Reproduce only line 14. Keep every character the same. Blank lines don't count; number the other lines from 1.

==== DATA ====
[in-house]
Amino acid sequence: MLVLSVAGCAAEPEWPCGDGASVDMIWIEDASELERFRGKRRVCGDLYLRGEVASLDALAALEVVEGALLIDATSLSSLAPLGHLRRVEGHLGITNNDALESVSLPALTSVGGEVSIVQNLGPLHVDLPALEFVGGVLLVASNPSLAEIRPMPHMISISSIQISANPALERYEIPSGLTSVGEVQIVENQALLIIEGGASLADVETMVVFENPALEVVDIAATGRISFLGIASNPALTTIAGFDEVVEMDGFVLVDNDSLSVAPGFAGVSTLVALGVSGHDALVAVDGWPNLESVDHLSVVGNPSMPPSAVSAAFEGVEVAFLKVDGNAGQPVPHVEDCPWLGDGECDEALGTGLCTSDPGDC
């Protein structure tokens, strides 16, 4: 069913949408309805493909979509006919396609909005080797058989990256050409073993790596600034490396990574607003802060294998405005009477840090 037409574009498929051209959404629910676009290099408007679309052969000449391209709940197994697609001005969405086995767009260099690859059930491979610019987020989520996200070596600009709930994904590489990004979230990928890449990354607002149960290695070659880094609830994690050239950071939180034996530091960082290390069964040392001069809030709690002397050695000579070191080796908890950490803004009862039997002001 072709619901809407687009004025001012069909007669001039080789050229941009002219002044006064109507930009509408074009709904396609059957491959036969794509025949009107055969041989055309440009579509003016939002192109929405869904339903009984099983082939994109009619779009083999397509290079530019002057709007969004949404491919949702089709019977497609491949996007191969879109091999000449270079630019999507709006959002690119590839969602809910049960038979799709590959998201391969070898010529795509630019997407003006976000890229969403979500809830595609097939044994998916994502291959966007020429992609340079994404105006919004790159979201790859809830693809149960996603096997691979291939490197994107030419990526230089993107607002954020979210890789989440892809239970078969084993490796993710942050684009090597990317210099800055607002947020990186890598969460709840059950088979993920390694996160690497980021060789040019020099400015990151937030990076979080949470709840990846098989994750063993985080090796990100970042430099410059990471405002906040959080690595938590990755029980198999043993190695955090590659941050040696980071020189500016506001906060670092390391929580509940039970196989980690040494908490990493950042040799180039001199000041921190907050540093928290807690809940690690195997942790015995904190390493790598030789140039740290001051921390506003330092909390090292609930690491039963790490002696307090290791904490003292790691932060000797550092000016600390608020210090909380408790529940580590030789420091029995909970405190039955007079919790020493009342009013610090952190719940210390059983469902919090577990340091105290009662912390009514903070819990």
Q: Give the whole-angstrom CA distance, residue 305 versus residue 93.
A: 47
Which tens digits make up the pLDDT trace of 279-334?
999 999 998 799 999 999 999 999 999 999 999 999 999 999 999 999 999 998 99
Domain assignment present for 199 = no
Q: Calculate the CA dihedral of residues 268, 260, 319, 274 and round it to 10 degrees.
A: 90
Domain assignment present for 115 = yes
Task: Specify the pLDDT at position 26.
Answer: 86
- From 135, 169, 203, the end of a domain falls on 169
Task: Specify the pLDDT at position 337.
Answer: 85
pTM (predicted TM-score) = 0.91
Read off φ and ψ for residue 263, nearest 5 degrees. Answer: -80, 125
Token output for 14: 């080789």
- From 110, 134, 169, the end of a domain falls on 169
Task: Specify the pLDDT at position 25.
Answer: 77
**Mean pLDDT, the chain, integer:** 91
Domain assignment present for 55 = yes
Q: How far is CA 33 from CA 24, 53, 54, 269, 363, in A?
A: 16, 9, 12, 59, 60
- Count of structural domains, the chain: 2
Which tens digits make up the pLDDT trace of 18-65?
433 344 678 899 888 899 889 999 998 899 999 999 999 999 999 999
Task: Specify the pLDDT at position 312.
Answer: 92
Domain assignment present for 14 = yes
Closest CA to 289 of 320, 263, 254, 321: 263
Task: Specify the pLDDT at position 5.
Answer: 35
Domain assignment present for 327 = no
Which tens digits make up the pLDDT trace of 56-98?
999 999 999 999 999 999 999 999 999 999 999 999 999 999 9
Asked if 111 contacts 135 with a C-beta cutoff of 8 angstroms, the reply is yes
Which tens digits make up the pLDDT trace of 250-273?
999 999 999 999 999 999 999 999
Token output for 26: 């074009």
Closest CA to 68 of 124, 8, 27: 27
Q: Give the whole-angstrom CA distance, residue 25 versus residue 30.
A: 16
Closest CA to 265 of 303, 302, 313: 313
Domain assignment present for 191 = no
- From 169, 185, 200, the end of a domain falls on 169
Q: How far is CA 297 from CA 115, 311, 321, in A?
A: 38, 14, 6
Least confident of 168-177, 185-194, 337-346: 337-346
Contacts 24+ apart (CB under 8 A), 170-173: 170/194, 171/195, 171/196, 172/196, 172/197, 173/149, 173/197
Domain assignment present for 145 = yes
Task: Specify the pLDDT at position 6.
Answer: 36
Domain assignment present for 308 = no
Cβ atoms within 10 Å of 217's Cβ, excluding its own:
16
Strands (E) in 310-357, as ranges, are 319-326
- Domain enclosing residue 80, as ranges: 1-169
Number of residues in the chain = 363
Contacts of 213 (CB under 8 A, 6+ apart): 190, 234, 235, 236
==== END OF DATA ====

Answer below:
- From 135, 169, 203, the end of a domain falls on 169